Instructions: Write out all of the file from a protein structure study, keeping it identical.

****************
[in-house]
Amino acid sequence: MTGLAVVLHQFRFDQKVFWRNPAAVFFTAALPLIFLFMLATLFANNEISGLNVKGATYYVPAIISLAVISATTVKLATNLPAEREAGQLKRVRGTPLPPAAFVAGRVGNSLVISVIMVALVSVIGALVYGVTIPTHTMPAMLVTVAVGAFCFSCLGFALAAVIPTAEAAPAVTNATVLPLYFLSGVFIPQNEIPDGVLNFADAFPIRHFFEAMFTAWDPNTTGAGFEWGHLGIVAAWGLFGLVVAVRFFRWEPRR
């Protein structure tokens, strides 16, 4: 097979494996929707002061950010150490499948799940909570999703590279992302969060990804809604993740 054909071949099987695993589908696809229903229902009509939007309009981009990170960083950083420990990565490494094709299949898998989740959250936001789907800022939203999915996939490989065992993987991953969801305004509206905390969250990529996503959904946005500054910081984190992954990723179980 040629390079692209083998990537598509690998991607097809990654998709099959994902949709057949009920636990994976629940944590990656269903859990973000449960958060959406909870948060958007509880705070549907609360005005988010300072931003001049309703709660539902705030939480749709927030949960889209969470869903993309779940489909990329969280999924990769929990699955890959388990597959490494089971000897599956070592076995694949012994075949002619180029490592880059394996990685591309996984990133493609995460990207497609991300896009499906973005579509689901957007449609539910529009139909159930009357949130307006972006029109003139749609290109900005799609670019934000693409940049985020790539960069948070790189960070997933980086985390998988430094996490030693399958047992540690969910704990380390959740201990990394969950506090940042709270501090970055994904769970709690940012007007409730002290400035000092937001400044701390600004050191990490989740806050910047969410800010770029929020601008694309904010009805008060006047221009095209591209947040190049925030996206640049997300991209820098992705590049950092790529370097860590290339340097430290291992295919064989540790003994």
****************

[in-house]
Amino acid sequence: MTGLAVVLHQFRFDQKVFWRNPAAVFFTAALPLIFLFMLATLFANNEISGLNVKGATYYVPAIISLAVISATTVKLATNLPAEREAGQLKRVRGTPLPPAAFVAGRVGNSLVISVIMVALVSVIGALVYGVTIPTHTMPAMLVTVAVGAFCFSCLGFALAAVIPTAEAAPAVTNATVLPLYFLSGVFIPQNEIPDGVLNFADAFPIRHFFEAMFTAWDPNTTGAGFEWGHLGIVAAWGLFGLVVAVRFFRWEPRR
């Protein structure tokens, strides 16, 4: 097979494996929707002061950010150490499948799940909570999703590279992302969060990804809604993740 054909071949099987695993589908696809229903229902009509939007309009981009990170960083950083420990990565490494094709299949898998989740959250936001789907800022939203999915996939490989065992993987991953969801305004509206905390969250990529996503959904946005500054910081984190992954990723179980 040629390079692209083998990537598509690998991607097809990654998709099959994902949709057949009920636990994976629940944590990656269903859990973000449960958060959406909870948060958007509880705070549907609360005005988010300072931003001049309703709660539902705030939480749709927030949960889209969470869903993309779940489909990329969280999924990769929990699955890959388990597959490494089971000897599956070592076995694949012994075949002619180029490592880059394996990685591309996984990133493609995460990207497609991300896009499906973005579509689901957007449609539910529009139909159930009357949130307006972006029109003139749609290109900005799609670019934000693409940049985020790539960069948070790189960070997933980086985390998988430094996490030693399958047992540690969910704990380390959740201990990394969950506090940042709270501090970055994904769970709690940012007007409730002290400035000092937001400044701390600004050191990490989740806050910047969410800010770029929020601008694309904010009805008060006047221009095209591209947040190049925030996206640049997300991209820098992705590049950092790529370097860590290339340097430290291992295919064989540790003994």